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Wildlife Trade Specialists

Published 18th October 2018

Succeeding with CITES: New project aims to promote sustainable wild Jatamansi trade from Nepal

Kathmandu, Nepal, October 2018—a new innovative project supported by the UK Government’s Darwin Initiative was formally launched late last month, aiming to promote legal and sustainable international trade in Nardostachys jatamansi, commonly known as Jatamansi or Spikenard, through use of the international best practice FairWild Standard and certification scheme.


Project representatives at the inception workshop in Kathmandu

Jatamansi is one of Nepal’s most commercially valuable and heavily exploited species. However, it is listed as Critically Endangered on the IUCN Red List and has been included in Appendix II of the Convention on International Trade in Endangered Species of Wild Fauna and Flora (CITES), to regulate its international trade.

Oil extracted from Jatamansi’s rhizomes is used in the aromatherapy and cosmetics sectors worldwide. Between 100-500 tonnes of rhizomes are sourced from high-altitude (3,000–5,000 m) Himalayan regions, providing at least 15,000 people across nine regions with an average of 25% of their annual income.

However, local income generation is held back by low rates of value addition, a lack of direct access to international markets, undercutting by largescale illegal export of the rhizomes to India and declining Jatamansi populations caused by overharvesting for export and habitat loss, putting both the species and local livelihoods at risk.

The project initiated by a partnership of organizations helps address such factors. It was presented and discussed by more than 30 participants, including Mr. Parbat Gurung, Member of Parliament and Dr Bishwa Nath Oli, Secretary of the Ministry of Forests and Environment, at the launch workshop of “Succeeding with CITES: Sustainable and equitable Jatamansi trade from Nepal”, a project that will run till 2021 and encourage harvesting practices that comply with the FairWild Standard and certification scheme.

The assistance of FairWild principles and robust measures introduced through the project will help traders, collectors and CITES Management Authorities to implement management plans leading to smoother, more traceable and sustainable international trade

Anastasiya Timoshyna, TRAFFIC’s Programme Leader – Medicinal Plants

Companies involved in the Jatamansi trade also need to understand why sustainable, legal sourcing and trade practices are critical to secure reliable future supplies of Jatamansi.

Collaborators under the project include the Department of Plant Resources and private companies, who will help producers and harvesters to conduct Jatamansi resource inventories in pilot collection areas in Jumla and Mugu districts, implement monitoring measures and update local management plans. At least 2,000 harvesters will receive appropriate training, which ties will be established with already committed responsible business companies in Europe.

Dr. Bishwa Nath Oli, Secretary of the Ministry of Forests and Environment, spoke of his Ministry’s full support for the implementation of the project in general and more specifically in leading the legislative process for improving regulation of the trade in Jatamansi from Nepal.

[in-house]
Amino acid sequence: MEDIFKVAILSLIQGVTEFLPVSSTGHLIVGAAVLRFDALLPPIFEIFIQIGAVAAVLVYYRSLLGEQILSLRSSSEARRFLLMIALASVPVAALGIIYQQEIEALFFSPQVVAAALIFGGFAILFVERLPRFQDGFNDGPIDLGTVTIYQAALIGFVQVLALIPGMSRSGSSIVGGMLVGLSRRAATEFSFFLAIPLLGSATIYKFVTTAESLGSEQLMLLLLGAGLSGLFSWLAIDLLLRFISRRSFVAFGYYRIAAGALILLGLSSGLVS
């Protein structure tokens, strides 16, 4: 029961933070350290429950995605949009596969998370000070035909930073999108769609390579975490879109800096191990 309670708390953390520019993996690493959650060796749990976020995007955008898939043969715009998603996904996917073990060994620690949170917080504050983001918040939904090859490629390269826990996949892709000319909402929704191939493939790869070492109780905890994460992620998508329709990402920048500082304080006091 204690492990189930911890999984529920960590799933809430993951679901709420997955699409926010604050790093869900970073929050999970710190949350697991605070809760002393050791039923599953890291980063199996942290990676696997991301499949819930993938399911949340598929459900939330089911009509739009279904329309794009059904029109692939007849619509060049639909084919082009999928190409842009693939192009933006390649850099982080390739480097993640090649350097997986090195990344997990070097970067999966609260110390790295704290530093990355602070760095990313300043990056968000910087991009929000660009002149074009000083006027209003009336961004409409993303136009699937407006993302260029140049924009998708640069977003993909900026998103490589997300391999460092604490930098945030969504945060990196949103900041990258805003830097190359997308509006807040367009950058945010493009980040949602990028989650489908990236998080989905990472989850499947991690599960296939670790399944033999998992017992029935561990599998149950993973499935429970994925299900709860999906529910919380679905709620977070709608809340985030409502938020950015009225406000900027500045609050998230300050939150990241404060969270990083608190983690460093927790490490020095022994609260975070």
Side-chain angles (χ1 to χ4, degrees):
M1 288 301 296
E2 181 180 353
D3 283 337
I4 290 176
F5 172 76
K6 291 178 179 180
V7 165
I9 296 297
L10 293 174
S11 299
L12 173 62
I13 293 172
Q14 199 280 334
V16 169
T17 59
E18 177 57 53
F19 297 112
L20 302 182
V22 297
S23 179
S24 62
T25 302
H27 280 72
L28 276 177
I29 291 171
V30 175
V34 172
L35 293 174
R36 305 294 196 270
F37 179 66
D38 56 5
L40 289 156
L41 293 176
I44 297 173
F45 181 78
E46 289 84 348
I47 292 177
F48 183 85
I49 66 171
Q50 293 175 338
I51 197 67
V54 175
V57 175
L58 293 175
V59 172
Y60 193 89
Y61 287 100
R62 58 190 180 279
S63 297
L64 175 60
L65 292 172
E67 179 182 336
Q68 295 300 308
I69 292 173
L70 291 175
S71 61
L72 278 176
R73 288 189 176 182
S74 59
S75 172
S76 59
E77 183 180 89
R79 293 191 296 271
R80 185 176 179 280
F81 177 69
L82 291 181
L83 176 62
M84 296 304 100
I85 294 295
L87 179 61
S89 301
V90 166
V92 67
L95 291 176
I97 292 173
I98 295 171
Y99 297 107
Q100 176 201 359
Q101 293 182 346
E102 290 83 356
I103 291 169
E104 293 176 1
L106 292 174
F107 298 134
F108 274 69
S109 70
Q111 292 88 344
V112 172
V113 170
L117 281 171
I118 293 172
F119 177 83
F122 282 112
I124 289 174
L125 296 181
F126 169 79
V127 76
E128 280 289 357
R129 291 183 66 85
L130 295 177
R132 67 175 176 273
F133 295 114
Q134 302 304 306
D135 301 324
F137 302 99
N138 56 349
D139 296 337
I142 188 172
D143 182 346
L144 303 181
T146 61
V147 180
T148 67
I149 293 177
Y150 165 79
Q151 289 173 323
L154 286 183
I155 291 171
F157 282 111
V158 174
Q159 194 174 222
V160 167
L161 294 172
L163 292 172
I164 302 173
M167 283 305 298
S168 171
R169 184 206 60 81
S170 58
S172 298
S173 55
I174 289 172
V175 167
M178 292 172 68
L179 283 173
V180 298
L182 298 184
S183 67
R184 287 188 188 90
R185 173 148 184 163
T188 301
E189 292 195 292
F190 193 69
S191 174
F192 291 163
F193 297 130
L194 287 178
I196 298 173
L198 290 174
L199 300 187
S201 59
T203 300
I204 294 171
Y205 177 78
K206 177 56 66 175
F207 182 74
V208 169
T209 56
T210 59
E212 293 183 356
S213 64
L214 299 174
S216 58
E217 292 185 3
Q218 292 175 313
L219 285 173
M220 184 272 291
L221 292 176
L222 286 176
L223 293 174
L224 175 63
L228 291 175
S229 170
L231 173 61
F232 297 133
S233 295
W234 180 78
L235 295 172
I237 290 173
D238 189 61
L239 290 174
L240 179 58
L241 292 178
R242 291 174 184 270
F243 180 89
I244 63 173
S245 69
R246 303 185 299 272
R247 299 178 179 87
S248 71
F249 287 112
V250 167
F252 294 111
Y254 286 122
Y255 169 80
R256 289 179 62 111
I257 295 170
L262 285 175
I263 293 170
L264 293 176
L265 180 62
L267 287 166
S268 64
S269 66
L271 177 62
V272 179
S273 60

Mr. Parbat Gurung, Member of Parliament, noted the need to address the current challenges in the sustainable production and trade of Jatamansi, and lessons from Jumla and Mugu could generate a model for replication elsewhere.

Dr. Bhishma P. Subedi, Executive Director of the Asia Network for Sustainable Agriculture and Bioresources (ANSAB), a key implementing partner in Nepal commented: “The project will address the issues related to conservation and sustainable and fair use of Jatamansi products through sustainable management, enterprise development, market system development especially encouraging a fair trade mechanism, and compliance and effective implementation of CITES.  

“Jatamansi is a threatened wild species that is significant from the point of view of conservation of unique biodiversity, the critical Himalaya ecosystem, and livelihoods of the people who are dependent on it. Thus the project can develop a model case study for both other species in Nepal and also globally for such important internationally traded species.”

The Succeeding with CITES project is led by TRAFFIC, with key implementation in Nepal by ANSAB, and endorsement of the Ministry of Forests and Environment. Other partners include the ProFound – Advisers in Development, the Royal Botanic Garden Edinburgh, FairWild Foundation, the IUCN/SSC Medicinal Plant Specialist Group and Department of Food and Resource Economics, and the University of Copenhagen.


About FairWild

The increasing demand for wild plants—as ingredients for food, cosmetics, well-being and medicinal products—poses major ecological and social challenges. The pressure on potentially vulnerable plant species can endanger local ecosystems and the livelihoods of collectors, who often belong to the poorest social groups in the countries of origin.

As a response to these concerns, the FairWild Foundation is working with partners worldwide to improve the conservation, management and sustainable use of wild plants in trade, as well as the livelihoods of rural harvesters involved in wild collection. TRAFFIC has supported the development of the FairWild Standard, and now hosts the organization’s Secretariat under a partnership agreement.

About the Darwin Initiative

The Darwin Initiative is a UK government programme with a focus on biodiversity projects.